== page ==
Source – cbc.ca
- “…According to Statistics Canada demography analyst Stacey Hallman, it has been the largest single year population increase in New Brunswick, in both raw numbers and percentages, in the 155 years of Canadian record keeping…The development is without precedent in New Brunswick…This (2022) population growth rate in New Brunswick is the highest in the province since 1867, the furthest back our records go. The next highest growth was in 1945/1946.”
New Brunswick larger and younger after historic surge in population
The province’s median age falls for the first time in 61 years as young families flock east to put down roots
Robert Jones · Sep 29, 2022
New Brunswick grew larger in 2022 and for the first time in sixty years more youthful, as the province’s recent surge in population continued to accelerate according to new counts released Wednesday by Statistics Canada.
Led by a stunning addition of 3,000 people a month in April, May and June, New Brunswick’s population hit 812,061 on July 1 according to the latest estimate. It’s an increase of 21,663 in the last year including that historic torrent of 9,199 new residents in the final three months before Canada Day.
The development is without precedent in New Brunswick.
According to Statistics Canada demography analyst Stacey Hallman, it has been the largest single year population increase in New Brunswick, in both raw numbers and percentages, in the 155 years of Canadian record keeping.
The previous high growth rate in New Brunswick came just after the end of the Second World War, 76 years ago.
“1946 was the first year of the Baby Boom,” said Hallman.
“This (2022) population growth rate in New Brunswick is the highest in the province since 1867, the furthest back our records go. The next highest growth was in 1945/1946.”
But unlike the 1940s, when new babies drove increased numbers, recent growth in New Brunswick is being fed exclusively by newcomers, including the record arrival of international immigrants and a steady stream of Canadians moving east, especially people leaving Ontario.
Records show New Brunswick has gained 10,612 people from other provinces over the past year, but 91 per cent of those gains come from the largest province. That movement includes large numbers of families with 72 per cent of Canadian arrivals to New Brunswick in the last year under the age of 45 and about one quarter of those under the age of 18.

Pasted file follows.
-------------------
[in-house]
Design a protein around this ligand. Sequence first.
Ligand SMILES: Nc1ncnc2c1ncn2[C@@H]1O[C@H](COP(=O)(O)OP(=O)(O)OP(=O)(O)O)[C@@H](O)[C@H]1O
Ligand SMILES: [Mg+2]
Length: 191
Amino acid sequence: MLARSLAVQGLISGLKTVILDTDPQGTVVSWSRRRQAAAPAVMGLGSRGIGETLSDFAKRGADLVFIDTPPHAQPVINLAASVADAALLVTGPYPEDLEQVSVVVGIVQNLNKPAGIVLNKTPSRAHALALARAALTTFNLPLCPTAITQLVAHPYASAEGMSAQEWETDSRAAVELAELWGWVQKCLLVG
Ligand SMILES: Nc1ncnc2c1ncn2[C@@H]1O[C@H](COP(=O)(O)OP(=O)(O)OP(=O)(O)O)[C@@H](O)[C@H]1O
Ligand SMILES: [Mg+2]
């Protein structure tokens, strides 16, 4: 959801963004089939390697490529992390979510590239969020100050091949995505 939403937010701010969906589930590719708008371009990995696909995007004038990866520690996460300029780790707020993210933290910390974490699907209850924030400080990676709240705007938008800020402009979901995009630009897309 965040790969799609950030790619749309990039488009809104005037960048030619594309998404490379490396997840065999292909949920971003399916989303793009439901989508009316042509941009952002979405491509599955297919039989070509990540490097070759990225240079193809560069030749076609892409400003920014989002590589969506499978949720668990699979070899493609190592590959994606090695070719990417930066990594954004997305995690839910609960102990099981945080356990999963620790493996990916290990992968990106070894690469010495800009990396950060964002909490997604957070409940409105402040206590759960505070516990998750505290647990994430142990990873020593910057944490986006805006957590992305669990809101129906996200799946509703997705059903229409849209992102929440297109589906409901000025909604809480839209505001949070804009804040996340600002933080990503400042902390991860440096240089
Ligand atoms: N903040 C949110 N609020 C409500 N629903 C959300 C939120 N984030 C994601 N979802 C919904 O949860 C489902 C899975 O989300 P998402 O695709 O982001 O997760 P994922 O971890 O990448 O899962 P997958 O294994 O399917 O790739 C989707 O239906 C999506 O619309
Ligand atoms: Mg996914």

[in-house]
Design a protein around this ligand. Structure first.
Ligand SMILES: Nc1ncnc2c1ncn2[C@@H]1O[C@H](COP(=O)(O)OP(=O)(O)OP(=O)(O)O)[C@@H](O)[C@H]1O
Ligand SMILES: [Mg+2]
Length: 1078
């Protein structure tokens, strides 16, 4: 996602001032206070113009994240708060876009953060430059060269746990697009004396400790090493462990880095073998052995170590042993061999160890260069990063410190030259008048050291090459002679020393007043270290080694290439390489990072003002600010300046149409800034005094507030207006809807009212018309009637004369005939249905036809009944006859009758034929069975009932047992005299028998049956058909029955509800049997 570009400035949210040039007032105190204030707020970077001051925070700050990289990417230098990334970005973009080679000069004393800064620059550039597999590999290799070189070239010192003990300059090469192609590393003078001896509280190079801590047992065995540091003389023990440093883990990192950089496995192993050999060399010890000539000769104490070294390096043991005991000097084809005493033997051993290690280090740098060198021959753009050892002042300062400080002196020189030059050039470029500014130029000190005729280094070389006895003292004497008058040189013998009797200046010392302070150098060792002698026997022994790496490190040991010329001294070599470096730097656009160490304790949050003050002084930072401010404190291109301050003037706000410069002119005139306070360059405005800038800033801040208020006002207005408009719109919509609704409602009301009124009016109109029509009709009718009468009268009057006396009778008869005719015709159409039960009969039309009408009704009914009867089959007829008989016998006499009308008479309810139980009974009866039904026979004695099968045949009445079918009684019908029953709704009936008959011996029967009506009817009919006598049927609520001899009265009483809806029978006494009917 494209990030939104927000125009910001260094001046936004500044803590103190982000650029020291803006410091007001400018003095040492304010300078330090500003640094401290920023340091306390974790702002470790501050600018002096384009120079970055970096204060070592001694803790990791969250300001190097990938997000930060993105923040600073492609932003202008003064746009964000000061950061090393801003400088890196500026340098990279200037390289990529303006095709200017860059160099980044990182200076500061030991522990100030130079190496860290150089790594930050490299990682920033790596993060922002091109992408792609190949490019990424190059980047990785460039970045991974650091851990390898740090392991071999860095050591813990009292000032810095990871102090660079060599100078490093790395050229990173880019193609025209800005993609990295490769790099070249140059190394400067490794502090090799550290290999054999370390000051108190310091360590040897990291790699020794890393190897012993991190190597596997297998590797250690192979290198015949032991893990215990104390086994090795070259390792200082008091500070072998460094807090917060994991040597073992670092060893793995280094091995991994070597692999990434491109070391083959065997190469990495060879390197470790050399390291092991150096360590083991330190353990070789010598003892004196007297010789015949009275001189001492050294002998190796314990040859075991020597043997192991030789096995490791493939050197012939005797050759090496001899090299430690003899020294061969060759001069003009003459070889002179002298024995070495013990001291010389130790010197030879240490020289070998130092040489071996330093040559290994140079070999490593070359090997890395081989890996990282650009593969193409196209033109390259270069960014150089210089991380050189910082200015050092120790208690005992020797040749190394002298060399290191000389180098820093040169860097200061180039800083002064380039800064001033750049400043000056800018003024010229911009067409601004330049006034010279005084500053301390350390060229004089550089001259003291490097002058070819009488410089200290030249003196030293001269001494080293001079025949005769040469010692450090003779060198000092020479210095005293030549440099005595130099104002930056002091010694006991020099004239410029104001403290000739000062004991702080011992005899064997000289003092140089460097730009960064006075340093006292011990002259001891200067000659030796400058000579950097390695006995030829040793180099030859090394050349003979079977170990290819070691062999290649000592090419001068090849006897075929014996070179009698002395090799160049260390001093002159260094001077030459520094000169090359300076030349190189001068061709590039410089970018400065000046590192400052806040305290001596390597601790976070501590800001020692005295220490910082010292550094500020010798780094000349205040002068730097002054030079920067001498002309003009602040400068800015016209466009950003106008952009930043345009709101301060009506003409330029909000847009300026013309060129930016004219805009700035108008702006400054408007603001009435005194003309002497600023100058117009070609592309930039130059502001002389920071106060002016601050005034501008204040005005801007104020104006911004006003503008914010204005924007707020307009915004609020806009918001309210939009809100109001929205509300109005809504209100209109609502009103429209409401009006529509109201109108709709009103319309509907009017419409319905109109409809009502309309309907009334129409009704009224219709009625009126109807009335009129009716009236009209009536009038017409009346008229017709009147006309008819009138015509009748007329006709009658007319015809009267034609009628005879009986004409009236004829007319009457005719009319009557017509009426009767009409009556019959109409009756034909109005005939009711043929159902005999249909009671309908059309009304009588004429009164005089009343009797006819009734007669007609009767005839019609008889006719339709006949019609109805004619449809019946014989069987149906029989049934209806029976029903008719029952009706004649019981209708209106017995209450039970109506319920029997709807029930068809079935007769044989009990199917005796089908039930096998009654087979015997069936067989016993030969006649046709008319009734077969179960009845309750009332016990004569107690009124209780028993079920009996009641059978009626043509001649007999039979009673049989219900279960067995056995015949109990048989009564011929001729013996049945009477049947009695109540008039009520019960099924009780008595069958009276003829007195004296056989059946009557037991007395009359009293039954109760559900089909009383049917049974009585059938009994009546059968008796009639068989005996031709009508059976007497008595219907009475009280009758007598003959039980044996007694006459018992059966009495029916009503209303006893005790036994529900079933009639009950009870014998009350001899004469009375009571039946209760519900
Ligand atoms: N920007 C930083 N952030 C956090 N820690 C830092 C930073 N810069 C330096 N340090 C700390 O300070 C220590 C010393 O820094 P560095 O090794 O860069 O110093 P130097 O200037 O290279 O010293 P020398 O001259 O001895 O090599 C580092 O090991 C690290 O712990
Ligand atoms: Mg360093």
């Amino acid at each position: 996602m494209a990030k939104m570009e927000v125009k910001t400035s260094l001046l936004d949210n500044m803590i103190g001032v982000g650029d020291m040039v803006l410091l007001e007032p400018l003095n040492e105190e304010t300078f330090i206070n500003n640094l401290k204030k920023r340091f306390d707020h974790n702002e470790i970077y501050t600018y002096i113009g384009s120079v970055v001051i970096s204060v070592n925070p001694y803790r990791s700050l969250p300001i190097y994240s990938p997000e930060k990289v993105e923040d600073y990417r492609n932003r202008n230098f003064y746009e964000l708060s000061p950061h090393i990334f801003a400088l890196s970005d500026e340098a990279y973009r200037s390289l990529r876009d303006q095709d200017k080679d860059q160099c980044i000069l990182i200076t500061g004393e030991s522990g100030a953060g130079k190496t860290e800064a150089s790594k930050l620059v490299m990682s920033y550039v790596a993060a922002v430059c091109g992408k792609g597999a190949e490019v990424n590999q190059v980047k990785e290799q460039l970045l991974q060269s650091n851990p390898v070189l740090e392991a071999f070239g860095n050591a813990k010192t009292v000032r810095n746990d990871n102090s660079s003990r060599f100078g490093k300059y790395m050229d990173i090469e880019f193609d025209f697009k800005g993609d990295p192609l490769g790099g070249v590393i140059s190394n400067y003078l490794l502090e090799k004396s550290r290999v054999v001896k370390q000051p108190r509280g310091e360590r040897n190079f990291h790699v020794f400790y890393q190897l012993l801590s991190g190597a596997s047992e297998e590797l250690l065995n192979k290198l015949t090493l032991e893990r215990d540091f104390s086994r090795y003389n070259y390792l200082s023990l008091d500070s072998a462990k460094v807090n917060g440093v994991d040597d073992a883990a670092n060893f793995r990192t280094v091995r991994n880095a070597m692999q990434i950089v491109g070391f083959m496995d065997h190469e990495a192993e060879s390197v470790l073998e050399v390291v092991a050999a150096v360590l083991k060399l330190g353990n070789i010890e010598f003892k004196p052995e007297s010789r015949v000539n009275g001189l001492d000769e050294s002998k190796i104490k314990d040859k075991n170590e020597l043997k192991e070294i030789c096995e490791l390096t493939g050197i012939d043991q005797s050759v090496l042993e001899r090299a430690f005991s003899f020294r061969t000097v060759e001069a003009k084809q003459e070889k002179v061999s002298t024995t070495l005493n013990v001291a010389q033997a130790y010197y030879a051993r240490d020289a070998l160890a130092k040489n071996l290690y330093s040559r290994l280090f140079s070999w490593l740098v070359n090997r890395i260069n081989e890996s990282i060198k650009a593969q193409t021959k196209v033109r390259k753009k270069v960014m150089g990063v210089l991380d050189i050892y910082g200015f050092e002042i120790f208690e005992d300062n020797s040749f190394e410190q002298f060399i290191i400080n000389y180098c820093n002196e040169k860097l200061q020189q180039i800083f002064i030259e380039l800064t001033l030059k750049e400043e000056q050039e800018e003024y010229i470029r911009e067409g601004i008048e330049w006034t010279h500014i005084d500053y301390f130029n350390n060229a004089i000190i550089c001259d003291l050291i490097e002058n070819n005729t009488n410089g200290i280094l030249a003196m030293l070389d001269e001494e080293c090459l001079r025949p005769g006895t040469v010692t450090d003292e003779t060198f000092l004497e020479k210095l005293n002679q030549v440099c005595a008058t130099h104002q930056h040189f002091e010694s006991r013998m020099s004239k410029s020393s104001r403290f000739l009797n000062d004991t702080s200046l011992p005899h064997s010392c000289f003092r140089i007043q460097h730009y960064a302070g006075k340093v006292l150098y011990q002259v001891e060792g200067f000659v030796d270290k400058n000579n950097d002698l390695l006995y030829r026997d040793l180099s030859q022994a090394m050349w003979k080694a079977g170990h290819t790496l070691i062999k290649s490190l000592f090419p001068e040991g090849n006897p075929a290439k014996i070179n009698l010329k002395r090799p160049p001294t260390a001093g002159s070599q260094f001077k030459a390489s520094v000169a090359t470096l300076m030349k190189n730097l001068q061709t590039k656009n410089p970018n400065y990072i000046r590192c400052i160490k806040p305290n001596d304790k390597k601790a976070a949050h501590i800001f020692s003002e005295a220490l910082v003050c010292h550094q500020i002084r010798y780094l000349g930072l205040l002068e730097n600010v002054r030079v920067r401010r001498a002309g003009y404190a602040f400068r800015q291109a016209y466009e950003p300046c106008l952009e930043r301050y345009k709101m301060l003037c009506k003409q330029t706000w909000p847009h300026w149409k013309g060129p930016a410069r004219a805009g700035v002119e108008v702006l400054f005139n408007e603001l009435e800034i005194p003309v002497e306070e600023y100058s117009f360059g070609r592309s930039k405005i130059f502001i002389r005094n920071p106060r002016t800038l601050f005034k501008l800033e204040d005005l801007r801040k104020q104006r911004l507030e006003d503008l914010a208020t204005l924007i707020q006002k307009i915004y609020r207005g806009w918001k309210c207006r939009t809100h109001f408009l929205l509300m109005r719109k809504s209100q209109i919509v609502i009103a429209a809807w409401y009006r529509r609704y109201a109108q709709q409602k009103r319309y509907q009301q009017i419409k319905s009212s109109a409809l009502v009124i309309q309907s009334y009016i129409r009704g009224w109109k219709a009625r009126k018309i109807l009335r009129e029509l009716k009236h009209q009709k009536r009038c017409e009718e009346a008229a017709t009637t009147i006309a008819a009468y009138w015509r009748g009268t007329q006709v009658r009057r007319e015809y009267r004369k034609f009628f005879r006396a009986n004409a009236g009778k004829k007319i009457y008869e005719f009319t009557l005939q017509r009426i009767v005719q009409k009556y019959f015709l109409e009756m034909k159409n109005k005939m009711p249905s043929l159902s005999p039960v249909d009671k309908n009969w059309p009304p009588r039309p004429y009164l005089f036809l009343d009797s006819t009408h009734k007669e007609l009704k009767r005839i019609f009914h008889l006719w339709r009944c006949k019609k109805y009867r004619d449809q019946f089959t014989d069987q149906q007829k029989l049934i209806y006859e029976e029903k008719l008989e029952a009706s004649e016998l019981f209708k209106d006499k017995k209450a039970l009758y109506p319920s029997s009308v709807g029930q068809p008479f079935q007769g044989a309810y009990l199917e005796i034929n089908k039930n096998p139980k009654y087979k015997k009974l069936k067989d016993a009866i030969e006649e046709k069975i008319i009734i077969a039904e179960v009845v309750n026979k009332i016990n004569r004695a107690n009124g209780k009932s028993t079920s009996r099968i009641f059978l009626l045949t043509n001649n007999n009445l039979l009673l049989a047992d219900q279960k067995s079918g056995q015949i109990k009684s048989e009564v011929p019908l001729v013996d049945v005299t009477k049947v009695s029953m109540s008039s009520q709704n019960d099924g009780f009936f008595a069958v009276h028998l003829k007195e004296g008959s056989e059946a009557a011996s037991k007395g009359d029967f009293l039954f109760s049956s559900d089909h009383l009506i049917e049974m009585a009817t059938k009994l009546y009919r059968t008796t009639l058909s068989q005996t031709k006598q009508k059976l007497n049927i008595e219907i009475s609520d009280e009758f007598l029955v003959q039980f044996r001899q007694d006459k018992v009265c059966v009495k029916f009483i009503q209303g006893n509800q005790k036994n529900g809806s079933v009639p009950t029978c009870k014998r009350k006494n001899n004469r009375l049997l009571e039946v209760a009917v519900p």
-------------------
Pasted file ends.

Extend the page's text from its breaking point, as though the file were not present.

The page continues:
The 13,000 new immigrants to New Brunswick last year trended younger still.
That has helped nudge the median age in New Brunswick down to 45.7 years, six months lower than it was last year.
It’s the first time New Brunswick has gotten younger in a year since 1961. And it showed. New Brunswick’s birth rate, long in decline, also jumped.
Hallman said the slight shift to a more youthful province partly feeds itself.
“People who moved to Canada from abroad and also from other parts of Canada tend to be younger, so they may be having more children,” Hallman said
Growth has been officially encouraged and welcomed by the province as a solution to variety of problems, including what has been an aging population and growing labour shortages.
Last March, when Statistics Canada’s real time population clock for New Brunswick first passed 800,000, Premier Blaine Higgs marked the event as a special moment. Business groups have also applauded the development.
However, rapid growth has caused problems as well.
The availability of affordable housing has shrunk dramatically and the cost of owning a home has nearly doubled in many communities as the speed of constructing new units fails to match the need for them.
Healthcare, which was already under pressure, has also been swamped. In August the official waiting list for a family doctor or primary physician in New Brunswick was up to 74,000, an 85 per cent increase in just nine months.
In June, Suzanne Johnston, co-chair of the province’s health plan implementation task force, said new arrivals were behind some of those swelling numbers.
So far that hasn’t slowed the influx, although there have been small signs all might not be well with everyone.
According to the inter-provincial traffic flows, 2,115 people left New Brunswick during the first six months of 2022 and moved to Ontario. It’s the most who have done that in the first half of any year in the last 22 years.
Robert Jones has been a reporter and producer with CBC New Brunswick since 1990. His investigative reports on petroleum pricing in New Brunswick won several regional and national awards and led to the adoption of price regulation in 2006.